Fungus Gnats Love Your Houseplants

fungus gnat on round toothpick

Fungus gnat perched on a round toothpick


Fungus gnats are tiny flies that will take up residence in the soil of your houseplants.  Many people consider them to be pests, but they usually do little or no harm to mature healthy plants unless their larvae exist in large numbers.  From all I’ve read online, the adults do not feed and only live long enough to mate and lay eggs.  Actually, it’s our fault that they are attracted to our indoor plants.  Those of us who tend to over-water are setting out a banquet of delights for these innocent creatures in search of nurseries for their youngsters.

1 fungus gnat larva

The larva is smaller than a grain of rice

2 fungus gnat larvae

Fungus gnat larvae feed on a variety of decaying plant matter and fungi along with root hairs, leaf mold, algae and decomposing organic materials.  They seem to be especially drawn towards potting soil containing peat.  In large numbers they can be a serious problem in greenhouses because they can kill seedlings and young plants by chewing on their tender roots.  But, when they are living outside in my beautiful wildlife garden they aid in the decomposition of decaying plant matter.  One way to discourage the adults from laying eggs in your houseplants is to cover the soil with a half-inch or more of sterile sand so they can’t reach the soil.  Of course, the most important thing is to keep a healthy watering schedule for your plants – allowing the top inch or two of soil to dry out between each watering.

Fungus gnat pupa

Fungus gnat pupa


Fungus gnats have four stages in their life cycle – egg, larva, pupa and adult.  They undergo a complete metamorphosis like butterflies.  According to some sources, the adult gnats that live outside help to spread mushroom spores.

fungus gnats

I think it’s safe to say that the presence of fungus gnats indoors is a pretty good indicator that our plants may be in trouble – more from us than anything else.  And since I took all of these pictures from my own little infestation, it’s time for me to learn to be a better houseplant mommy!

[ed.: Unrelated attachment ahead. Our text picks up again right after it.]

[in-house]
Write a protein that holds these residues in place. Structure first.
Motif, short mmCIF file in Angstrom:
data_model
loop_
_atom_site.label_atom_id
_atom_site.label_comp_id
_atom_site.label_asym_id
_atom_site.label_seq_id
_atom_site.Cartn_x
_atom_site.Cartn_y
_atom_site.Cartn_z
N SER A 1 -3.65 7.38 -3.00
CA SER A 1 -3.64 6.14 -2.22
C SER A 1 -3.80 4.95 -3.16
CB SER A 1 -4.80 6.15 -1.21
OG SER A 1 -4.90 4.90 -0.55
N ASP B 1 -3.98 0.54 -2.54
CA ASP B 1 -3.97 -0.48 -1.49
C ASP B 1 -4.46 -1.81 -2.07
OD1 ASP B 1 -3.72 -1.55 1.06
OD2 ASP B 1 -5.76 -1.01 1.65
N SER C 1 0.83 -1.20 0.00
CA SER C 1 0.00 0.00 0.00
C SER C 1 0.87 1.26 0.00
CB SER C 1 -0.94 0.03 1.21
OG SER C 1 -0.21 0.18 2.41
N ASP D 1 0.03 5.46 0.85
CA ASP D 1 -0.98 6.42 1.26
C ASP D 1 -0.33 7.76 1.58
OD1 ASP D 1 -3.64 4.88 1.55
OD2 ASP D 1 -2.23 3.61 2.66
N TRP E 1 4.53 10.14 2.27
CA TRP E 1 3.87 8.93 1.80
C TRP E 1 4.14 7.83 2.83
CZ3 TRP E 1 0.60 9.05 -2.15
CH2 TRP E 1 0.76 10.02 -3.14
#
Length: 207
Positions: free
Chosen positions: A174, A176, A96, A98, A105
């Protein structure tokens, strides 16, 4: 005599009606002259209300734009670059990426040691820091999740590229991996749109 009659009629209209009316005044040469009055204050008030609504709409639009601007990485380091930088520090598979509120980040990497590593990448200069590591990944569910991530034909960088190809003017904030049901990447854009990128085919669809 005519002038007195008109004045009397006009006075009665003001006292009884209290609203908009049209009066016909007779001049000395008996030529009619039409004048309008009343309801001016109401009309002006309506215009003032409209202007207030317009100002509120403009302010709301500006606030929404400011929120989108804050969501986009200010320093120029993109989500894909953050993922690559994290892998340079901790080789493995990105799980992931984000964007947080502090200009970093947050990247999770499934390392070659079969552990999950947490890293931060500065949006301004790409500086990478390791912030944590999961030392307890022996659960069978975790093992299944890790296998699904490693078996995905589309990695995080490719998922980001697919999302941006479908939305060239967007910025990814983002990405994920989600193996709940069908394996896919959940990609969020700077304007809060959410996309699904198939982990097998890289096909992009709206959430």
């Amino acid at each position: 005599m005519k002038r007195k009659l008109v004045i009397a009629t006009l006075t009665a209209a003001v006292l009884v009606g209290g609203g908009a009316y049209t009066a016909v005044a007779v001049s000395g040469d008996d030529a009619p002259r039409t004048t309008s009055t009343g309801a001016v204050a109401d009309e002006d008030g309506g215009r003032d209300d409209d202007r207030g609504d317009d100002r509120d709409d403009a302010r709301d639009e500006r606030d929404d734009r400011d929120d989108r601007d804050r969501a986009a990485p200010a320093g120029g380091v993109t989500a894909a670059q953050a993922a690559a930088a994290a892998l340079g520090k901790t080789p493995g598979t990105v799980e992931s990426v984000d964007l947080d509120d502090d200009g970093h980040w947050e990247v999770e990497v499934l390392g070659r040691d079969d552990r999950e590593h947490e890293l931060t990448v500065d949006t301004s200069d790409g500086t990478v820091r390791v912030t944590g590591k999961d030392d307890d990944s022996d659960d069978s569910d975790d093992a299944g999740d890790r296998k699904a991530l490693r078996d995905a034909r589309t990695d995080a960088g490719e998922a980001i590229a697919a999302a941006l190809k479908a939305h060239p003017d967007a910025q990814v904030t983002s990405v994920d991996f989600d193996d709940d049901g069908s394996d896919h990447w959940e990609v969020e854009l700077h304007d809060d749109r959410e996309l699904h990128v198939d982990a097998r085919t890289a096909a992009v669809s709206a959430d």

Other articles you will enjoy:

Will We All Die If Honey Bees Disappear?

When Bugs Hug

Over-wintering Insects





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  1. says

    Hi! On potted (i.e., indoor) plants, a “tea” made from plain old tobacco will kill off the larval gnats. I purchase a pack of Camel cigarettes maybe every ten years or so and it comes in handy when needed. This late winter I’m having a bit of an experiment with a House (heirloom variety cherry-type) tomato that’s wintered over in a neighbor’s greenhouse. Spring began to threaten and sure enough there were the little crawly beggars making the top of the soil look like it was writhing! (Need I say my reaction was “Yuck!”?) I’ve applied about a cup of tea made from one-half a cigarette, and today will add another dose from two cups of ‘tea’ made from a whole cigarette. (The remainder I will save to apply in a few days when the next hatching comes around.) The experiment involved in this? Some tobacco may or may not carry a virus that isn’t good for tomatoes, so nicotine-containing products are usually non-recommended for application on tomatoes. Were it not for my neighbor’s other plants in the greenhouse (as well as my own, blooming, bird-of-paradise) I probably wouldn’t run the risk. But the tomato is growing and blooming and setting fruit, so . . . . we do what we have to do.

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